China’s commerce ministry said on Nov. 21 that the country is striving to reach an interim trade agreement with the United States, a day after President Donald Trump said that Beijing has not “stepped up to the level” that he wants.
China is “willing to work with the United States to address core concerns” and is trying hard to reach a phase one deal, Ministry of Commerce spokesperson Gao Feng told reporters in a weekly press briefing.
He said that the two sides will keep the communication channels open, adding that the “outside rumors are not accurate.”
Wall Street’s main indexes slipped on Nov. 21 over speculations that the deal might be delayed.
The House and Senate passed the two bills over the past two days supporting the Hong Kong pro-democracy movement—a measure that has angered the Chinese regime. Beijing on Nov. 20 warned that it would take strong countermeasures against what it called “U.S. meddling.”
On Tuesday, Vice President Mike Pence linked the trade agreement with the ongoing Hong Kong demonstrations.
“The president made it clear it’ll be very hard for us to do a deal with China if there’s any violence or if that matter is not treated properly and humanely,” Pence said in an interview with Indianapolis-based radio host Tony Katz.
The phase one trade deal will cover intellectual property protections and China’s purchases of U.S. agricultural products.
Four senators on Nov. 19 also introduced a bipartisan legislation, called Play by the Rules Act, to curb the unfair trade practices from China.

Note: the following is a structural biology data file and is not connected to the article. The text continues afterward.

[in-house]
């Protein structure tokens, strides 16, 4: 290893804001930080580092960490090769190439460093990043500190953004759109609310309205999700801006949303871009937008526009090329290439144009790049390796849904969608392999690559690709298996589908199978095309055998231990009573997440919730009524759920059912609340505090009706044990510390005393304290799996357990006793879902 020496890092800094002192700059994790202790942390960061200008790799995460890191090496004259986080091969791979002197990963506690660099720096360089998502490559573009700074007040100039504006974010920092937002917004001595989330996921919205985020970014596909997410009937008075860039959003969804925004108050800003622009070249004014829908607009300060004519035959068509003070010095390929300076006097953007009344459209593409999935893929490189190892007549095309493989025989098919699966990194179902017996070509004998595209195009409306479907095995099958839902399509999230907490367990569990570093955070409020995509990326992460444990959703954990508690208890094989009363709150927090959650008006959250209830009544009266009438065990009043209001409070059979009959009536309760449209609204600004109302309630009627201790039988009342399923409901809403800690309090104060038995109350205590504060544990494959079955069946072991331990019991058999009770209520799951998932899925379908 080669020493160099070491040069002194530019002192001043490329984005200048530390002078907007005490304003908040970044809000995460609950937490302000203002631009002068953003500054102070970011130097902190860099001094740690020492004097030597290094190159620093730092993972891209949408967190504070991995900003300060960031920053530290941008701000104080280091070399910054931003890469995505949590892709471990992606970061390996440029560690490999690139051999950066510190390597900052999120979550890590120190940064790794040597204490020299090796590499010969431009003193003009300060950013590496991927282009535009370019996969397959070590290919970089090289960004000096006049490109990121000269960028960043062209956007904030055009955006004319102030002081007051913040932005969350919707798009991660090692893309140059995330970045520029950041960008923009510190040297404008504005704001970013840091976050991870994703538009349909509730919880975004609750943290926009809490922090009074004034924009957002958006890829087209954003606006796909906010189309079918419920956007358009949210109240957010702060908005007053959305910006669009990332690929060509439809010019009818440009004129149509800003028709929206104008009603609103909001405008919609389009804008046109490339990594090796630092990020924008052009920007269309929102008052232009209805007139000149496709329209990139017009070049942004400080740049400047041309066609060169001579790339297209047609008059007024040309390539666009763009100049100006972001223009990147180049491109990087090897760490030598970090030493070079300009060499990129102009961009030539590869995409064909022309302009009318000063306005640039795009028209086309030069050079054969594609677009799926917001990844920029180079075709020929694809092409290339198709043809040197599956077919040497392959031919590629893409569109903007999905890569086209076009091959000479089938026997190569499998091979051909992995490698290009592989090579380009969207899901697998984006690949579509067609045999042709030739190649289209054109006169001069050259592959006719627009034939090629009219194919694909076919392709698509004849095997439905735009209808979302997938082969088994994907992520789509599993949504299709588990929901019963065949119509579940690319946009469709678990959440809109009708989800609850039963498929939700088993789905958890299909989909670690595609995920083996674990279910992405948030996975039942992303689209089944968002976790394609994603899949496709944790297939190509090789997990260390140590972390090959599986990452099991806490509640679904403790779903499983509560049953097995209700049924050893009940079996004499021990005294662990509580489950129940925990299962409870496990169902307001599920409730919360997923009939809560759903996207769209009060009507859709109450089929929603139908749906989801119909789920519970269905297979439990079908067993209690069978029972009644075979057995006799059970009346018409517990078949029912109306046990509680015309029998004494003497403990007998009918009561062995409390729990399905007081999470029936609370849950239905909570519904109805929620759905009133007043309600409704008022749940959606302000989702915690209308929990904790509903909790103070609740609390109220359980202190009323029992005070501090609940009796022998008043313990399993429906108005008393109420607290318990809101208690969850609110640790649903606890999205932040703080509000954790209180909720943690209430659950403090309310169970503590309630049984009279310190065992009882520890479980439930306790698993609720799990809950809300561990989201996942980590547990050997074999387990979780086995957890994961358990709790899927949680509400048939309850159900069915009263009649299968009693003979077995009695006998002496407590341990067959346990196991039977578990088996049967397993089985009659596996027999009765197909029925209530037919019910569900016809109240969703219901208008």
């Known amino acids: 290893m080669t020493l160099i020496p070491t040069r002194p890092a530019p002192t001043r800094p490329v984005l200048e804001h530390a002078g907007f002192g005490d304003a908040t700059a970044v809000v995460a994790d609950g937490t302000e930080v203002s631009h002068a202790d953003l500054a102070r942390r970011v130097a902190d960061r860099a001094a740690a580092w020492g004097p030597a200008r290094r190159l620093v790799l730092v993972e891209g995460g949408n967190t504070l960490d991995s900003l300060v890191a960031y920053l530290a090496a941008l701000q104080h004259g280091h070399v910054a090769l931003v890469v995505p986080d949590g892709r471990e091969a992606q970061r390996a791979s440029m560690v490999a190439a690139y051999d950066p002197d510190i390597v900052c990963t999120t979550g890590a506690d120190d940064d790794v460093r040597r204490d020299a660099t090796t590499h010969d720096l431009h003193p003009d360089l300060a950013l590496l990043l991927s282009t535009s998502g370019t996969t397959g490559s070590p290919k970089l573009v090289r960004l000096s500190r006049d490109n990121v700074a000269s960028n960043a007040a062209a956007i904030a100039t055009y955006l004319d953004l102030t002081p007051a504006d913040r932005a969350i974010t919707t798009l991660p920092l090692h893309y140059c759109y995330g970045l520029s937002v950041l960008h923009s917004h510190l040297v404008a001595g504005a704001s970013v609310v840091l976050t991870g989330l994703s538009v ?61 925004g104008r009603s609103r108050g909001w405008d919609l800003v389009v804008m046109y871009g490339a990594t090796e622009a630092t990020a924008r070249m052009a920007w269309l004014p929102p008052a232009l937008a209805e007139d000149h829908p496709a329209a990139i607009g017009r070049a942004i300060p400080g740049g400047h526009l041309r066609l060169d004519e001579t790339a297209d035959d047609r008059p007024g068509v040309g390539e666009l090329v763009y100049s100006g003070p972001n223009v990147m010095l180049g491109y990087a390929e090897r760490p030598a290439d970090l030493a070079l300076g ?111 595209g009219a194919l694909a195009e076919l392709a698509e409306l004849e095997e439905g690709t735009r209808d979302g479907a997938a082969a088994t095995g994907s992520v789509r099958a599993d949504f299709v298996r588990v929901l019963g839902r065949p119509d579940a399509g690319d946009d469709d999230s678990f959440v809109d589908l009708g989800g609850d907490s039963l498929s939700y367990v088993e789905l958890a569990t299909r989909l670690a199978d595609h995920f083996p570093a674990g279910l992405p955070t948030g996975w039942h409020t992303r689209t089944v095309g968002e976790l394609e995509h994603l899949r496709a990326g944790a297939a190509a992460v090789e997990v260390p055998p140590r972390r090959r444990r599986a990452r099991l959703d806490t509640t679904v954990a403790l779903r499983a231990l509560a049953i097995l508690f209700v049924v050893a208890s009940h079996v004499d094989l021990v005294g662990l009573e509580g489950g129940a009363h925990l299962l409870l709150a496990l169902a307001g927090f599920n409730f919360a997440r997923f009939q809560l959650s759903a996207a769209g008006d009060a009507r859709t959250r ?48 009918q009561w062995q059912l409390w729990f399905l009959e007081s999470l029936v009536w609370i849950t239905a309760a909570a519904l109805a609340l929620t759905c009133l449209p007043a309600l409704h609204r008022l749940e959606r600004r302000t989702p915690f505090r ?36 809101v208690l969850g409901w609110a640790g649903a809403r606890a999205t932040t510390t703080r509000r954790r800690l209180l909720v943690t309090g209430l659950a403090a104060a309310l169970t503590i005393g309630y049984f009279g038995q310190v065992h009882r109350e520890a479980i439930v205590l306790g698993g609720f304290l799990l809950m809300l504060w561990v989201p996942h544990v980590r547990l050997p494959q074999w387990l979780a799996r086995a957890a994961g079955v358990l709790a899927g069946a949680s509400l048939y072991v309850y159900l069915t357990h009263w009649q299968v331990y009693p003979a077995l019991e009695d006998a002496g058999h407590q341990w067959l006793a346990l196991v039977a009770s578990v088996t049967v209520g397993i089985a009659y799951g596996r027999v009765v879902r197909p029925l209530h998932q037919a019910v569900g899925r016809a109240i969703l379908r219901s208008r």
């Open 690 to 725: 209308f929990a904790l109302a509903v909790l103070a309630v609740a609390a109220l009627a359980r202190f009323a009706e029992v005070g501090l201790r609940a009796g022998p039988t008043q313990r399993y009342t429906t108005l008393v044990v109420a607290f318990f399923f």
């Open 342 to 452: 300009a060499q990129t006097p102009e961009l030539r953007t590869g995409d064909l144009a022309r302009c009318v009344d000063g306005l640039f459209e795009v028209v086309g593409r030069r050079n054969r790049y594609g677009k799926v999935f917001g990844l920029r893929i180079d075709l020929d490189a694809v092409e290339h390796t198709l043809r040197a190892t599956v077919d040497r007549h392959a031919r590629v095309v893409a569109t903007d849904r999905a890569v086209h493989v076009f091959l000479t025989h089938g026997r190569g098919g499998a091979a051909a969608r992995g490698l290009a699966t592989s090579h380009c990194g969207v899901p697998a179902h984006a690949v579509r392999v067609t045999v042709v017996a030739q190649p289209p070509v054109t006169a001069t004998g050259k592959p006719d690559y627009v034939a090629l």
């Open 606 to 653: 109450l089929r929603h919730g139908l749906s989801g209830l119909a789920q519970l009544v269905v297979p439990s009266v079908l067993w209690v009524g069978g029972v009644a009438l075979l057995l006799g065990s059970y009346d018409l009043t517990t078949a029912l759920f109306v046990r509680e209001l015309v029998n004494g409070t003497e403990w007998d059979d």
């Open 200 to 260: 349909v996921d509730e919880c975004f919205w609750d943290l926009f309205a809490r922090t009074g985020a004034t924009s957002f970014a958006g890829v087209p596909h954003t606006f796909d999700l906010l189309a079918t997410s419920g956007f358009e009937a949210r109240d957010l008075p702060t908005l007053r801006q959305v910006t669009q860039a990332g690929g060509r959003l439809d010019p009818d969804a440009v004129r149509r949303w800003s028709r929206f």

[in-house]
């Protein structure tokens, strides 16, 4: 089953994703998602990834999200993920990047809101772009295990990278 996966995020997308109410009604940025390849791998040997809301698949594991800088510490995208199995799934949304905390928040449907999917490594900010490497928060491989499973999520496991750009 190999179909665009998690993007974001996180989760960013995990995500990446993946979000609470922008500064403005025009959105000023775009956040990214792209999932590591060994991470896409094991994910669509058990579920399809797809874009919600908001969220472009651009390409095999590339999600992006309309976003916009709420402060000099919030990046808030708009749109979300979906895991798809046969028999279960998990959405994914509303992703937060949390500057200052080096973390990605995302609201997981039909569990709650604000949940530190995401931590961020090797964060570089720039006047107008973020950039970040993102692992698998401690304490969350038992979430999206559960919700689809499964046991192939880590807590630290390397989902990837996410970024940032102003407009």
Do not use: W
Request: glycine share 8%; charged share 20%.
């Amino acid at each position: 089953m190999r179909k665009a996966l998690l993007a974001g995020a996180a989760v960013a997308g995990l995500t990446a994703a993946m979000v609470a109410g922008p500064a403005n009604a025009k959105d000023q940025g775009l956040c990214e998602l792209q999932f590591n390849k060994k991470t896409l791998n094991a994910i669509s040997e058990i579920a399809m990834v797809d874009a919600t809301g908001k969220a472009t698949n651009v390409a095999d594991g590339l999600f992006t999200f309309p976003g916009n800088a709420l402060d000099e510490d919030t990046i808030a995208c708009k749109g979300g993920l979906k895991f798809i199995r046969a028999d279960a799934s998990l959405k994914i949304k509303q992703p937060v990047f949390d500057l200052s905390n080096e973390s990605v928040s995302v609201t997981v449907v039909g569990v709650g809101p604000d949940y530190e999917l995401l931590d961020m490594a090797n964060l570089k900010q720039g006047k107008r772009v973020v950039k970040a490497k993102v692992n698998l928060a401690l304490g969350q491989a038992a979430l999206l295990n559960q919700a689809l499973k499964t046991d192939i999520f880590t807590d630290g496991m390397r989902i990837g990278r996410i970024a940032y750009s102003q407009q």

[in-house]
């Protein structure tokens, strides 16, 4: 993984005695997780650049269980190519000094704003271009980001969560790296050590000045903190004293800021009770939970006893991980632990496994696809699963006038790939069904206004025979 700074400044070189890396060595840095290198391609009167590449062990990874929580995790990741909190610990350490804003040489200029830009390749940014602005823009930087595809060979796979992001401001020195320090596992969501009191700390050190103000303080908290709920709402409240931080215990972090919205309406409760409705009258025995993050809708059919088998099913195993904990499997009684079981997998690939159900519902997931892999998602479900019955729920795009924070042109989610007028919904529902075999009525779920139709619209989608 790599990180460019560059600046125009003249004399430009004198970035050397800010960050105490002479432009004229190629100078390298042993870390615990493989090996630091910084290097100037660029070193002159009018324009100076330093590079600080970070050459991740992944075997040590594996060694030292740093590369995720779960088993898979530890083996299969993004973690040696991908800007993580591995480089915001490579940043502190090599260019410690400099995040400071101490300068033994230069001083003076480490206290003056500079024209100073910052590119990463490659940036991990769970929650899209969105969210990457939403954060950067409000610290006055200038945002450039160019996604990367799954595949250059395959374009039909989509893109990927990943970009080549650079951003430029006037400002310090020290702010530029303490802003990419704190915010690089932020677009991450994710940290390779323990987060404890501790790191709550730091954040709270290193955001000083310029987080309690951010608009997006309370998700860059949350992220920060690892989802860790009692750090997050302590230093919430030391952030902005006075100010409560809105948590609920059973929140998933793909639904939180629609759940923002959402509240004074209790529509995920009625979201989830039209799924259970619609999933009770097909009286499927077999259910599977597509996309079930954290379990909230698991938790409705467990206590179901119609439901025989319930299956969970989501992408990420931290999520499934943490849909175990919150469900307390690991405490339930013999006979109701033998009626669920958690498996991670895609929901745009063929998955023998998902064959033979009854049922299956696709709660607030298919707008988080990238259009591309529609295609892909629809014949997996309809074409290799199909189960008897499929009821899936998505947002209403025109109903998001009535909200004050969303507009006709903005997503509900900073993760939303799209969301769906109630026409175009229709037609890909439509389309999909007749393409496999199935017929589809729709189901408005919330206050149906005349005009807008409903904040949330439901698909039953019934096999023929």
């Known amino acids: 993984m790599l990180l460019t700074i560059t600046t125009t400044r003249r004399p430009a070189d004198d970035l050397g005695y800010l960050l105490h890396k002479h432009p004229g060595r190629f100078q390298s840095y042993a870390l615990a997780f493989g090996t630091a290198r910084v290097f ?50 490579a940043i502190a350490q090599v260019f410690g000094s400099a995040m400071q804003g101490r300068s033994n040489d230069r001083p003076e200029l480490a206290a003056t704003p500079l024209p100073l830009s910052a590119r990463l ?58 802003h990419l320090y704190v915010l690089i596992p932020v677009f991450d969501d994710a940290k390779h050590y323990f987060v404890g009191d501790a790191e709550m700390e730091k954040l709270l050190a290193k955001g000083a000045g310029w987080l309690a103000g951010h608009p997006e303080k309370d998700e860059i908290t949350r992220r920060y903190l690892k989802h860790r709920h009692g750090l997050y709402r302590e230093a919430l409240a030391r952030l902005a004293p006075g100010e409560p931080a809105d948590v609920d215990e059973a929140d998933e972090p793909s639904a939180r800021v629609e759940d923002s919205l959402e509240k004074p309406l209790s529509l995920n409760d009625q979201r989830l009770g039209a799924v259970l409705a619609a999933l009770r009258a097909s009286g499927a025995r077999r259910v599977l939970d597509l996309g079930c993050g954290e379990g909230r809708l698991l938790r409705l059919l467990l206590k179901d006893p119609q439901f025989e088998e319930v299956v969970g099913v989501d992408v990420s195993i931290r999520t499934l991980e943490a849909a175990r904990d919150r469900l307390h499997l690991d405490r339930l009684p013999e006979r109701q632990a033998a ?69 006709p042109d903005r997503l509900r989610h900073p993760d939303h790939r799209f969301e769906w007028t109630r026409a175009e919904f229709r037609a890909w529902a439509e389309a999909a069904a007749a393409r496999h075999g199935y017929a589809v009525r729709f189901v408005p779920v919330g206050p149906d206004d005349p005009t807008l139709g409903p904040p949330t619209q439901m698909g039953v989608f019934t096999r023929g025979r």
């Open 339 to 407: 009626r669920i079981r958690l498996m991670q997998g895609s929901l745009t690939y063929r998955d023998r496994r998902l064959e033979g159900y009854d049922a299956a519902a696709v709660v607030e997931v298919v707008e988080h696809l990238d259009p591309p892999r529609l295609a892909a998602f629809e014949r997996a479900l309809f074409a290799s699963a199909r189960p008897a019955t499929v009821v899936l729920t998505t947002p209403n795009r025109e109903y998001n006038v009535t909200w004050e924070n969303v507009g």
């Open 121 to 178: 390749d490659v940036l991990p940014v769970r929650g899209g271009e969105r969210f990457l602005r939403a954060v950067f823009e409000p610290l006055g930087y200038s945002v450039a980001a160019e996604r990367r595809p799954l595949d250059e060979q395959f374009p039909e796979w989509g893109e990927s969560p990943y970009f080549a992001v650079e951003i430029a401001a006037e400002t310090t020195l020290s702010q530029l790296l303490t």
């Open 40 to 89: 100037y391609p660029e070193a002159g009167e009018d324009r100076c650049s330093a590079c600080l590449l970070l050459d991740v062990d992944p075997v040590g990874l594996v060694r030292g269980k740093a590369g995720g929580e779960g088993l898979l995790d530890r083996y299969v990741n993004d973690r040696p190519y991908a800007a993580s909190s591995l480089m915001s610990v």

Trump has indicated on multiple occasions that China is in a worse position in the trade negotiations and thus more eager to reach a deal.
“China wants to make a deal. The question is: Do I want to make a deal? Because I like what’s happening right now,” he told reporters at the White House on Wednesday morning before heading to the Apple manufacturing factory in Austin, Texas.
Trump added that the United States is “taking in billions and billions of dollars” from the tariffs.
After the Apple plant tour, Trump again stressed that “China would much rather make a trade deal than I would,” and indicated that he was not ready to sign a deal.
“I don’t think they’re stepping up to the level that I want,” he said.
Trump has made boosting U.S. manufacturing a priority and consistently pushed American companies to keep the jobs at home. Ahead of Trump’s visit, Apple announced plans to expand its Austin campus and employ 5,000 workers.
“We are much bigger than China right now, and we’re going to keep it that way,” Trump said.
The United States currently has duties ranging from 15 percent to 25 percent on approximately $325 billion of Chinese goods, with tariffs of 15 percent on about $156 billion of Chinese products due to kick in on Dec. 15. However, Reuters, citing unnamed U.S. officials, reported earlier this month that the December tariffs may be scrapped as part of the phase one trade deal.